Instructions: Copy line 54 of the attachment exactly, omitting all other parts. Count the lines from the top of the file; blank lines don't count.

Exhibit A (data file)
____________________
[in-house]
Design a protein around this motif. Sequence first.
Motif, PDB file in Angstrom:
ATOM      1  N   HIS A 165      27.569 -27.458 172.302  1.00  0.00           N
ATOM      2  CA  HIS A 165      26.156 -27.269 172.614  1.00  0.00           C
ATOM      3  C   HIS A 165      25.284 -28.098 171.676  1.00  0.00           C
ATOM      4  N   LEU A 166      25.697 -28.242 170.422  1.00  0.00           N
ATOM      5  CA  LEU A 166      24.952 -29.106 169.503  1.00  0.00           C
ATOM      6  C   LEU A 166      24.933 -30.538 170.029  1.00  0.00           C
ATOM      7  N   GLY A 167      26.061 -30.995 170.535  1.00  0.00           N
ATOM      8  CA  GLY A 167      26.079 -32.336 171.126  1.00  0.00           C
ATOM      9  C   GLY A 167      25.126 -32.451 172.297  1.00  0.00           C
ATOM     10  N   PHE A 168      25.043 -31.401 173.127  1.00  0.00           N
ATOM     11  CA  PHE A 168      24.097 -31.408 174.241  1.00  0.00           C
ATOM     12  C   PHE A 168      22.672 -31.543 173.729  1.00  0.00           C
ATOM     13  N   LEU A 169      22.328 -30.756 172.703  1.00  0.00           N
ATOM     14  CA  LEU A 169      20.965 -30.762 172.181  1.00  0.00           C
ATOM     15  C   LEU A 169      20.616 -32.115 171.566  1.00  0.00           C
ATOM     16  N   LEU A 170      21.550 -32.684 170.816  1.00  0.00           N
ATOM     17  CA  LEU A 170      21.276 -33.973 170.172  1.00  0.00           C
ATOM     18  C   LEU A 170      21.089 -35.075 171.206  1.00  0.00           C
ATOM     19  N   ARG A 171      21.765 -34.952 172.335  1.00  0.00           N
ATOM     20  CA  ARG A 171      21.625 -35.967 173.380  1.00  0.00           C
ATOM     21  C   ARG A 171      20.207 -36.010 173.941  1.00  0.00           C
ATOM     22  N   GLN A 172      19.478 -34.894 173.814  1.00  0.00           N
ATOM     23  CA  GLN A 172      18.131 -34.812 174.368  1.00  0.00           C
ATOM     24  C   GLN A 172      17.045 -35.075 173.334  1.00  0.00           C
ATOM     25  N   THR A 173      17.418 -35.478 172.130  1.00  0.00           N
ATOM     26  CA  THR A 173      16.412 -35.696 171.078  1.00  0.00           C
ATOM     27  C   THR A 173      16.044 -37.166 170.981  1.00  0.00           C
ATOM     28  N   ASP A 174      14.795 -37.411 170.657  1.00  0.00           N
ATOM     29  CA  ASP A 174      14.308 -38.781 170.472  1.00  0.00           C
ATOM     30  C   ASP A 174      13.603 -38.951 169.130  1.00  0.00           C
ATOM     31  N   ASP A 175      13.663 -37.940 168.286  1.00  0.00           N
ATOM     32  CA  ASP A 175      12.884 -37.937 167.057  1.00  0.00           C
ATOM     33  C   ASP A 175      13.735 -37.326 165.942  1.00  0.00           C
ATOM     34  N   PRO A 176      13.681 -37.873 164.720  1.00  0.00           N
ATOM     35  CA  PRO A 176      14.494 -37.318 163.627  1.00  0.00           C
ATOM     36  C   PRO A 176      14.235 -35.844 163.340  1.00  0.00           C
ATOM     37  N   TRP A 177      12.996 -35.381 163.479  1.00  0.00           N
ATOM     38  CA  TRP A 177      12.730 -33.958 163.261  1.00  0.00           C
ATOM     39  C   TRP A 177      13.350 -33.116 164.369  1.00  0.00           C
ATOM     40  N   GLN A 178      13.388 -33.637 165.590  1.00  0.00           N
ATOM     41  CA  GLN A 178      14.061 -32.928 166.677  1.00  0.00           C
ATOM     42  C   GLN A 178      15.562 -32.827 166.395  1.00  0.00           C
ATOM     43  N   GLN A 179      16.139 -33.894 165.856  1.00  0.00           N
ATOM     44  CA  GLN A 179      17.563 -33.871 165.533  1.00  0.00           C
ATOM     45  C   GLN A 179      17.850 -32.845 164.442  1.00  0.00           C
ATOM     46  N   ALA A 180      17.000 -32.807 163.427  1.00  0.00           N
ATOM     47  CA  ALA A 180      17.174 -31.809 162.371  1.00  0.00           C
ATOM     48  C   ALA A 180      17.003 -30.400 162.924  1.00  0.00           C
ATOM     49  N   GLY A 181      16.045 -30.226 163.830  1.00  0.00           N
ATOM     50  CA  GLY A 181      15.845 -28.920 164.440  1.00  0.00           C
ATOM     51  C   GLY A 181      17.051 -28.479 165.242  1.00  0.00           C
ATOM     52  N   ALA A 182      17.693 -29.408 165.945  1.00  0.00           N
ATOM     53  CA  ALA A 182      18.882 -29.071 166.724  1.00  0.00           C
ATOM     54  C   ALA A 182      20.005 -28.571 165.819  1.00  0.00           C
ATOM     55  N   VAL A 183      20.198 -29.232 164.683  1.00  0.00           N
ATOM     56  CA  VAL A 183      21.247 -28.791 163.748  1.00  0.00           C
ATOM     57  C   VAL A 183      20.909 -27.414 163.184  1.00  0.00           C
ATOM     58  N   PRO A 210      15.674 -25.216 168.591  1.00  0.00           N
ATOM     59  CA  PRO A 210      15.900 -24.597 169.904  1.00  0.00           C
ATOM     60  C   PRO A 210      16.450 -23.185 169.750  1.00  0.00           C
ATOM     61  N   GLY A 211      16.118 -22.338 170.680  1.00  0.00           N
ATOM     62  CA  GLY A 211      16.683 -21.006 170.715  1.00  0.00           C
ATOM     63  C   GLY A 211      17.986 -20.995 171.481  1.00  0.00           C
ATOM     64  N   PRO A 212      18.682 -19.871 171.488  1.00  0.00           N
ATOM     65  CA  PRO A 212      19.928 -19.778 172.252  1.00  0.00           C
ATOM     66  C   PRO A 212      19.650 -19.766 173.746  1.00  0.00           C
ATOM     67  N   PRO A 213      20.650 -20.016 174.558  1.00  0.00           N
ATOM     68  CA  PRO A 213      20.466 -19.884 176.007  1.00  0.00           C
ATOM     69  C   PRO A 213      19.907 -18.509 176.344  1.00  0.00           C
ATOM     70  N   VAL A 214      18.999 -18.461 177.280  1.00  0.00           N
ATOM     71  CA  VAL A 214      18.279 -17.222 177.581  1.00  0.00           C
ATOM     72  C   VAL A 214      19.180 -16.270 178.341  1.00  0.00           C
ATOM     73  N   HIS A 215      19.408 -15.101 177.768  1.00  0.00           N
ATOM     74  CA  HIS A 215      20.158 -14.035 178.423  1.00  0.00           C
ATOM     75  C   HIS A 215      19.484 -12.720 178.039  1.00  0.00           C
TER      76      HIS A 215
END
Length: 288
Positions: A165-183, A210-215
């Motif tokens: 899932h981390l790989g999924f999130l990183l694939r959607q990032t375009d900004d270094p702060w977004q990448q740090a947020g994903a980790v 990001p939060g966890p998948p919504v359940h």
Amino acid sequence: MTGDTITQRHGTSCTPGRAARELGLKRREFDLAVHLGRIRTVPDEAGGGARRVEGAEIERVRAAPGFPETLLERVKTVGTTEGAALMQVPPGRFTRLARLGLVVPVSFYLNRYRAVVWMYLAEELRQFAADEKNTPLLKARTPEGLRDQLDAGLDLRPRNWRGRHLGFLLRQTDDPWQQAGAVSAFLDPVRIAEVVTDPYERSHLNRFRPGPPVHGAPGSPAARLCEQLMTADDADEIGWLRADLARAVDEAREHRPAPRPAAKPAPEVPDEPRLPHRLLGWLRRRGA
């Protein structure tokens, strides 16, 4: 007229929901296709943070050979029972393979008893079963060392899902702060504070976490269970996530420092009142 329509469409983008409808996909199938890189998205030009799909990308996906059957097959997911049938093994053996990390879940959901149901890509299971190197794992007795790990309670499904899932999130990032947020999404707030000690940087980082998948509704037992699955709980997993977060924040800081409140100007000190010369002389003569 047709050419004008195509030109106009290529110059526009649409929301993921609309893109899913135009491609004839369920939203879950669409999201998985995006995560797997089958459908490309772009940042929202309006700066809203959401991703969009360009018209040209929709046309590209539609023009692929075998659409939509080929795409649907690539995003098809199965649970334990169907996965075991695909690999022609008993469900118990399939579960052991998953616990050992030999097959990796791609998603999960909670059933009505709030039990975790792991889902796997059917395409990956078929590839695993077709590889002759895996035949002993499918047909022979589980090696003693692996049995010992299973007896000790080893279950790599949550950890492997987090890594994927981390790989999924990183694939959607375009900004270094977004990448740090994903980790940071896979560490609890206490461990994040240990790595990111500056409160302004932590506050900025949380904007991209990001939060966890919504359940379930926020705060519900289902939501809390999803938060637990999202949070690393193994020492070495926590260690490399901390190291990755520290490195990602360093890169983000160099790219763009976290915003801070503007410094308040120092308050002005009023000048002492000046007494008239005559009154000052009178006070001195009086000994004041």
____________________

ATOM     51  C   GLY A 181      17.051 -28.479 165.242  1.00  0.00           C